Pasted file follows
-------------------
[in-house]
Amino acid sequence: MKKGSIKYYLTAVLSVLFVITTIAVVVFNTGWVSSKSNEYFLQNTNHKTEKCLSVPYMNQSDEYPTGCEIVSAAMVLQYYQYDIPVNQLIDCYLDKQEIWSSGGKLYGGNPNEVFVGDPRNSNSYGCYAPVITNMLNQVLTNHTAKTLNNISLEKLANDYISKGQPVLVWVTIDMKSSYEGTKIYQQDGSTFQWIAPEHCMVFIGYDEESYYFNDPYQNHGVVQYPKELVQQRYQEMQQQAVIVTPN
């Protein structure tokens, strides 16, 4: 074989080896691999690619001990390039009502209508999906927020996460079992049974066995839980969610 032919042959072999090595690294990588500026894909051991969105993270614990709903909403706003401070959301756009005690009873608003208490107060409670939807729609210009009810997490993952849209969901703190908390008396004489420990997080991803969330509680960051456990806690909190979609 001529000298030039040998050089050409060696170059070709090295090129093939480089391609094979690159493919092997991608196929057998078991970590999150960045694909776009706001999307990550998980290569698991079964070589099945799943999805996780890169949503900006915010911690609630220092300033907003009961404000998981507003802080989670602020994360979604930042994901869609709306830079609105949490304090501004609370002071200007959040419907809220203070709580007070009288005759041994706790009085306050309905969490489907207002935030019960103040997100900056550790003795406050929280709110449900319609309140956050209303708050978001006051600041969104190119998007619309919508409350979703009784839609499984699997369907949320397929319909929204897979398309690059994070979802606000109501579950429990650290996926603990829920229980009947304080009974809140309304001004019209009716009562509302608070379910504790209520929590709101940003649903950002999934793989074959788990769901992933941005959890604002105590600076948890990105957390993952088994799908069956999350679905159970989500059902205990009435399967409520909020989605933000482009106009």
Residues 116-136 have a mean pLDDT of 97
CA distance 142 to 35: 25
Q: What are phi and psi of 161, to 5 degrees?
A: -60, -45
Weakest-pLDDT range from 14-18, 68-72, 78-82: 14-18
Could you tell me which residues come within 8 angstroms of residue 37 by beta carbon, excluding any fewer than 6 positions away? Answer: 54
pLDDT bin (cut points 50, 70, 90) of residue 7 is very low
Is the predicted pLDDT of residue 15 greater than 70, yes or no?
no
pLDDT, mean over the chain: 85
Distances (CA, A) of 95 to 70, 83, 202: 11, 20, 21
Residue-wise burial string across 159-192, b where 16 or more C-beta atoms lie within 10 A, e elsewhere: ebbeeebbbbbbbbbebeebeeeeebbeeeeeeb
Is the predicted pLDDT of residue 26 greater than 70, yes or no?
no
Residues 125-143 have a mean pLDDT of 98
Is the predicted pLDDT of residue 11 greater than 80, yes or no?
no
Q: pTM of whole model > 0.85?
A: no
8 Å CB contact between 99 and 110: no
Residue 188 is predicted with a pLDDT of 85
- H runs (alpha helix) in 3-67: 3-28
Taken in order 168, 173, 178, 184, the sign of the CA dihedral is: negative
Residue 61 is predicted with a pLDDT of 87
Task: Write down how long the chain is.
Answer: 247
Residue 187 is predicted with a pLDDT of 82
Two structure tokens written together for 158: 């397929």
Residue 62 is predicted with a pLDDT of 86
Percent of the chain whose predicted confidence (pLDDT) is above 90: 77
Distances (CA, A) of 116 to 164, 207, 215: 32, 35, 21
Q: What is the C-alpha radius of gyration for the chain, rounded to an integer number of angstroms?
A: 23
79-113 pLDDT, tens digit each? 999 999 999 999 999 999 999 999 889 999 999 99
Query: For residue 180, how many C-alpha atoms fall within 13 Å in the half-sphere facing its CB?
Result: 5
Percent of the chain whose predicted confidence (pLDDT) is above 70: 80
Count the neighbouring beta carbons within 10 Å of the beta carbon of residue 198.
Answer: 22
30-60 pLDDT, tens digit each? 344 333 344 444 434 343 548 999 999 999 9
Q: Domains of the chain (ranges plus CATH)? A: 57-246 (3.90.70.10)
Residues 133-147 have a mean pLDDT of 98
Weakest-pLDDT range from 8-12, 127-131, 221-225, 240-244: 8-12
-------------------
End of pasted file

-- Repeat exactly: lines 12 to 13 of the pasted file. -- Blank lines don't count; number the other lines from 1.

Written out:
no
pLDDT, mean over the chain: 85